(Music: Noir Desir – “Le Vent Nous Portera”)
No matter what you call it: Lac Lemain, Genfer See, or just Lake Geneva…its inviting blue water is the first thing visible from both planes and trains entering Geneva’s outer limits. Past the harbor, the sterile banking quarter is dwarfed by menacing cliffs. This is the heart of French-speaking Switzerland, and a gritty melting pot of wealth and culture. Here is my walk through the rainy streets of Geneva.
It takes about 3-hours to get to Geneva from Zurich, passing through the Swiss capital Bern, Fribourg, and Lausanne. The trains are modern and comfortable, but three hours is a long-time to sit, to read, to think, or to listen to other passengers.
I am not sure what language this man is speaking, maybe an African or island dialect. Geneva is a hub of international activity. The World Health Organization, International Committee of the Red Cross, the UN..attract a stream of cultures and nationalities to the southern banks of Lake Geneva. Switzerland’s favorable policies toward asylum seekers have also brought a not-so-subtle dose of diversity to the Alpine confederacy.
Geneva is Switzerland’s second largest city with about 190-thousand residents. Its place as the center of French-speaking Switzerland is proper—it is surrounded on three sides by France. Many people commute to Geneva from cheaper homes in the surrounding French countryside.
The skies are darkened on this day…clouds tumble over the rock cliffs and begin to weep on the city’s narrow roadways. Pizzerias and cafes have stacked their chairs under cover, and patrons are wandering inside or back home. Boulevard Carl Vogt has few pedestrians braving the rain.
Soccer fans with the red and white Swiss flag race through the streets celebrating Switzerland’s World Cup victory over Spain. At a bus stop, crowds of people are wearing the Brazilian flag in various styles. Most are residents of a nearby apartment building.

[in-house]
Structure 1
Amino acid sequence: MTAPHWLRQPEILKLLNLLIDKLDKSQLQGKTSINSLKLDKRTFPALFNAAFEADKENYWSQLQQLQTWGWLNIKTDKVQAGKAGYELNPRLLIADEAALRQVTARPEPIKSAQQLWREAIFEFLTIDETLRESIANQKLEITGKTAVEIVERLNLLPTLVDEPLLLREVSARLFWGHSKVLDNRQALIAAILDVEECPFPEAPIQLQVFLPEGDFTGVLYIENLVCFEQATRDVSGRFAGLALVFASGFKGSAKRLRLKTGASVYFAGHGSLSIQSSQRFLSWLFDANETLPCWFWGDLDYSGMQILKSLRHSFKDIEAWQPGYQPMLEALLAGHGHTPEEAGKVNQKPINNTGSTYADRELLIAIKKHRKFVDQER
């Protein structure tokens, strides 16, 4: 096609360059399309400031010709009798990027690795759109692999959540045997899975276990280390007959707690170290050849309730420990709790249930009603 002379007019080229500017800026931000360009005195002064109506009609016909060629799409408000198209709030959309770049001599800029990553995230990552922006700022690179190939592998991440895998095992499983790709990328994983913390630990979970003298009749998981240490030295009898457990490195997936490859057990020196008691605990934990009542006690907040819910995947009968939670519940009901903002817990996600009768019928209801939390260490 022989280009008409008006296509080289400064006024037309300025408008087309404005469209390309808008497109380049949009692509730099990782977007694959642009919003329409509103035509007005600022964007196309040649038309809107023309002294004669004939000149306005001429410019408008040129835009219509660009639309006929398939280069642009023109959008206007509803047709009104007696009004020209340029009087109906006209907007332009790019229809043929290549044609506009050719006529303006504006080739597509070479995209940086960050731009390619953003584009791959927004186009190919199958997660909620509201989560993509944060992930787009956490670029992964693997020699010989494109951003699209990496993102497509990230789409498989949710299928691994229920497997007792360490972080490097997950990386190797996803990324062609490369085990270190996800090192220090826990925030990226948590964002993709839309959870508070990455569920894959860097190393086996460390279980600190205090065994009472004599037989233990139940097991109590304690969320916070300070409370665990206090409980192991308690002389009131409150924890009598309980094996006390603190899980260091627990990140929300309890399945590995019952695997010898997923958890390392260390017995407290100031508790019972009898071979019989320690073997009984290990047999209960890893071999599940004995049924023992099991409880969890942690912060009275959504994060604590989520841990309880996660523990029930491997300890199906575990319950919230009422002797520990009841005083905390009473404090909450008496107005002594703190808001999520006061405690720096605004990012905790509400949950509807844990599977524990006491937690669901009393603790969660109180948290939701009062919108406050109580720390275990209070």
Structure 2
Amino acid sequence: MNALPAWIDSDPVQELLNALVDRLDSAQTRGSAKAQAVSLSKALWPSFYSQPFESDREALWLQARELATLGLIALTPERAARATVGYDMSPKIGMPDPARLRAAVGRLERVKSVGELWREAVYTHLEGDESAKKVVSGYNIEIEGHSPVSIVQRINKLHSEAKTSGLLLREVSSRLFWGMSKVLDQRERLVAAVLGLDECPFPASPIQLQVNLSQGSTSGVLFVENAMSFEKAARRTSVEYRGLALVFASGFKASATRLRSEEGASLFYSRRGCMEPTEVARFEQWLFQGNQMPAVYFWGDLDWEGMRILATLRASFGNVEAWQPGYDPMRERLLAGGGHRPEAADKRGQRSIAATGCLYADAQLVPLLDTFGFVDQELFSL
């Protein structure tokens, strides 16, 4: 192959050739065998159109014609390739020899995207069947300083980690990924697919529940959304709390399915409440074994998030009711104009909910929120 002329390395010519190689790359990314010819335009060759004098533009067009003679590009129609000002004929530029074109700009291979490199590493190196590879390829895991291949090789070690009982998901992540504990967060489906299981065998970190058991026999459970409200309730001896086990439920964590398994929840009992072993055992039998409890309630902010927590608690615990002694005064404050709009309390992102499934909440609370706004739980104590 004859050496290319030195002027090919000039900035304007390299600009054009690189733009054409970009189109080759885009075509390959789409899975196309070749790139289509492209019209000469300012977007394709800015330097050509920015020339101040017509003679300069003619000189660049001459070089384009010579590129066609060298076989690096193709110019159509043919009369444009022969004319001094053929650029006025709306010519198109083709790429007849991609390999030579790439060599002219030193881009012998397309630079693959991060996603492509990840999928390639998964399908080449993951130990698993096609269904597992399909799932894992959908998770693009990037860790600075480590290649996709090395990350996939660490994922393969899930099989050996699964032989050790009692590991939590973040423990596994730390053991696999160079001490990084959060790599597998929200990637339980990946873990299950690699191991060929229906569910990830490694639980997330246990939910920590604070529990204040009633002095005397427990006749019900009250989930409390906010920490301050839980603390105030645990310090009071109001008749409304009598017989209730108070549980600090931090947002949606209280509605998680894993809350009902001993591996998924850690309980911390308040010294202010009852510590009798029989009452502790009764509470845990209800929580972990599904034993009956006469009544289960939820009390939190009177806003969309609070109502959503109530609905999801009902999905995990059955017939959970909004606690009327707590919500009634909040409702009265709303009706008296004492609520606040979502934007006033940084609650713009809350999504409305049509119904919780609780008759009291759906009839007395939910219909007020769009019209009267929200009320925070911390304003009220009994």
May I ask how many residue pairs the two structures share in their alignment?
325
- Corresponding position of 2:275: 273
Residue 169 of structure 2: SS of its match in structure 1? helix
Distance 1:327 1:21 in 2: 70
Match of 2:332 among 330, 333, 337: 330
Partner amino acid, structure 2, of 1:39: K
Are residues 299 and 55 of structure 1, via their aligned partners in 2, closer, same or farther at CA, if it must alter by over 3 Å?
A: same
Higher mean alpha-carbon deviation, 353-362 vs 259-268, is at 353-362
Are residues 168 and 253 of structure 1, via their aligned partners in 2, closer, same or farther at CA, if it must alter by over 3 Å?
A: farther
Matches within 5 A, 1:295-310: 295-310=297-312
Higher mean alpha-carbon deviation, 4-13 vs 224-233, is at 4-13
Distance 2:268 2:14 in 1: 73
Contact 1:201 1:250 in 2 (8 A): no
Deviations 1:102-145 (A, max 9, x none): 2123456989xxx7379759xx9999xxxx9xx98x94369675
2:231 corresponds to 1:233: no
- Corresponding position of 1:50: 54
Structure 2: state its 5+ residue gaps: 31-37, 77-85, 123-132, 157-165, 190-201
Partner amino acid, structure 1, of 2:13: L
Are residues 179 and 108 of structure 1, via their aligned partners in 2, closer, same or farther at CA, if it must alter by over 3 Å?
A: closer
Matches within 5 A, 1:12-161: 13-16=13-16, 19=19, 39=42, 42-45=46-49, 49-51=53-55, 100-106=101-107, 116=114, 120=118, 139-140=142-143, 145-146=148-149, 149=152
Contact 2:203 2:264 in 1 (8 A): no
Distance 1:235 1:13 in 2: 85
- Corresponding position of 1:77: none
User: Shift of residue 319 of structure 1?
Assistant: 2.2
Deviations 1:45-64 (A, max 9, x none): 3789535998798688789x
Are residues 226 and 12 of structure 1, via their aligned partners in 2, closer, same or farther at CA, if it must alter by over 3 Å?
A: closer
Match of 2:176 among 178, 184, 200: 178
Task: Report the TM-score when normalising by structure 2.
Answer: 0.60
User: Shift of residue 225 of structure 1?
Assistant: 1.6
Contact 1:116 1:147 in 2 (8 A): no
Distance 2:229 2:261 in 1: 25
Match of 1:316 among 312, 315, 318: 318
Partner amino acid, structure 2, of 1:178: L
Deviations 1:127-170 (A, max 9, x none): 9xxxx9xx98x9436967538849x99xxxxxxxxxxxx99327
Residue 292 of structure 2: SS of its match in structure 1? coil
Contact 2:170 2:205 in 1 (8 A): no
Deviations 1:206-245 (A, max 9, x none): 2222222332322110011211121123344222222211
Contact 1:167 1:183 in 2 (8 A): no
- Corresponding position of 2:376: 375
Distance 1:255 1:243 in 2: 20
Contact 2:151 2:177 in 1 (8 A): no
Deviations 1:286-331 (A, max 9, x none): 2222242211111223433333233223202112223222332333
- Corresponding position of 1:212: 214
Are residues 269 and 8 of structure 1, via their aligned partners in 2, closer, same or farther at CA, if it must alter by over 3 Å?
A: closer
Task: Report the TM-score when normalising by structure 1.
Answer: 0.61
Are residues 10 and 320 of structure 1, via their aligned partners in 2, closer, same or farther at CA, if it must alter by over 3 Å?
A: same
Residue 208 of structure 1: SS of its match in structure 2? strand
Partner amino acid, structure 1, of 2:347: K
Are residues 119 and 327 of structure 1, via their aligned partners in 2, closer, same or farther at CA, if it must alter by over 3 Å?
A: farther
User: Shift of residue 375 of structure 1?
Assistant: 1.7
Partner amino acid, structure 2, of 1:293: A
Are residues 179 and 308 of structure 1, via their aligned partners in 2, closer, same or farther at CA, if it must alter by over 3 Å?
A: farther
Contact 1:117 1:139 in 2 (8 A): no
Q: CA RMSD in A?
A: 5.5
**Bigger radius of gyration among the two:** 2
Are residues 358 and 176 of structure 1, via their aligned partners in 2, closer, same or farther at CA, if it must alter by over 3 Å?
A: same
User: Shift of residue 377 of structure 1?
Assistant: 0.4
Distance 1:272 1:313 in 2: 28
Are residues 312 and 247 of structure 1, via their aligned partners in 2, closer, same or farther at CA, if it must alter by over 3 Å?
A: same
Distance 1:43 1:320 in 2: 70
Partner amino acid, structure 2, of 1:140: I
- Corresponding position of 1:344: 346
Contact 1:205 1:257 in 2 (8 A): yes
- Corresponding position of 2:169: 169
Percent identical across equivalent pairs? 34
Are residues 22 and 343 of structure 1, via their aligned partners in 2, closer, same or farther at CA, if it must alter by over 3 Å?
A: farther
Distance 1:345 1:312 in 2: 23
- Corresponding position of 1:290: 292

The River Rhȏne dissects Geneva. Traffic and pedestrians overcome the waterway by different types of bridges—some of concrete, some of ornate metal.
Farther south a freight train speeds along its personal highway.
This foot bridge leads to a green space—trees, bushy and green, line the banks of the Rhȏne. Birds sing while a steady rain continues to cleanse the city’s facade. The big, paw-like, waxy leaves of one tree breaks the fall of raindrops heading toward Earth.
Cities often carry brands from human activity. Litter or waste often line sidewalks blackened by the exhaust of thousands of vehicles. Rain is supposed to neutralize those superficial brands. Rain is supposed to wash away what need not be saved. But when the storm ends, these streets are still gritty, and the sky still gray.
But in this brief pause in the storm the cacophony of engine and horn is dulled for a time by a purer sound…louder than the raindrops and with more joy, and innocence. These are the sounds I long to hear on the Boulevard Carl Vogt or anywhere else. And this is how I’ll end my time..on these European streets.
(Music: Solaris – “L’espoir”)
More information about the music used in this piece:
Noir Desir from the album “Des Visages des Figures.”
Solaris from an independent release, available here.